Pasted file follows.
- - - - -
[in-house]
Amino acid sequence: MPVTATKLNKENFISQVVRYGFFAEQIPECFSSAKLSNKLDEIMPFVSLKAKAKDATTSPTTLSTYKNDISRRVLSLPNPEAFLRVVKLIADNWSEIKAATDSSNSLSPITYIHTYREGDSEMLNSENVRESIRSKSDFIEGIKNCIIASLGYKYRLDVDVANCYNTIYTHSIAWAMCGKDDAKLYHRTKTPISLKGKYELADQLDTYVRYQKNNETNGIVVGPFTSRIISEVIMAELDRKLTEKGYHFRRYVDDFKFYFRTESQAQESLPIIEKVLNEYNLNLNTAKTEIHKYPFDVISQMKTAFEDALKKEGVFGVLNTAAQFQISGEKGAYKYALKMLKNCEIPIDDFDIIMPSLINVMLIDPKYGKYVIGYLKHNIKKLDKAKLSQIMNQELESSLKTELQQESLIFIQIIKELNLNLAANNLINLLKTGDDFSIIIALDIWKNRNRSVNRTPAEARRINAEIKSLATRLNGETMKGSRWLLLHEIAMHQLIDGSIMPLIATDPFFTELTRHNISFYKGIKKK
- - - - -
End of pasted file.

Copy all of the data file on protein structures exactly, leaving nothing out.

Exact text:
[in-house]
Amino acid sequence: MPVTATKLNKENFISQVVRYGFFAEQIPECFSSAKLSNKLDEIMPFVSLKAKAKDATTSPTTLSTYKNDISRRVLSLPNPEAFLRVVKLIADNWSEIKAATDSSNSLSPITYIHTYREGDSEMLNSENVRESIRSKSDFIEGIKNCIIASLGYKYRLDVDVANCYNTIYTHSIAWAMCGKDDAKLYHRTKTPISLKGKYELADQLDTYVRYQKNNETNGIVVGPFTSRIISEVIMAELDRKLTEKGYHFRRYVDDFKFYFRTESQAQESLPIIEKVLNEYNLNLNTAKTEIHKYPFDVISQMKTAFEDALKKEGVFGVLNTAAQFQISGEKGAYKYALKMLKNCEIPIDDFDIIMPSLINVMLIDPKYGKYVIGYLKHNIKKLDKAKLSQIMNQELESSLKTELQQESLIFIQIIKELNLNLAANNLINLLKTGDDFSIIIALDIWKNRNRSVNRTPAEARRINAEIKSLATRLNGETMKGSRWLLLHEIAMHQLIDGSIMPLIATDPFFTELTRHNISFYKGIKKK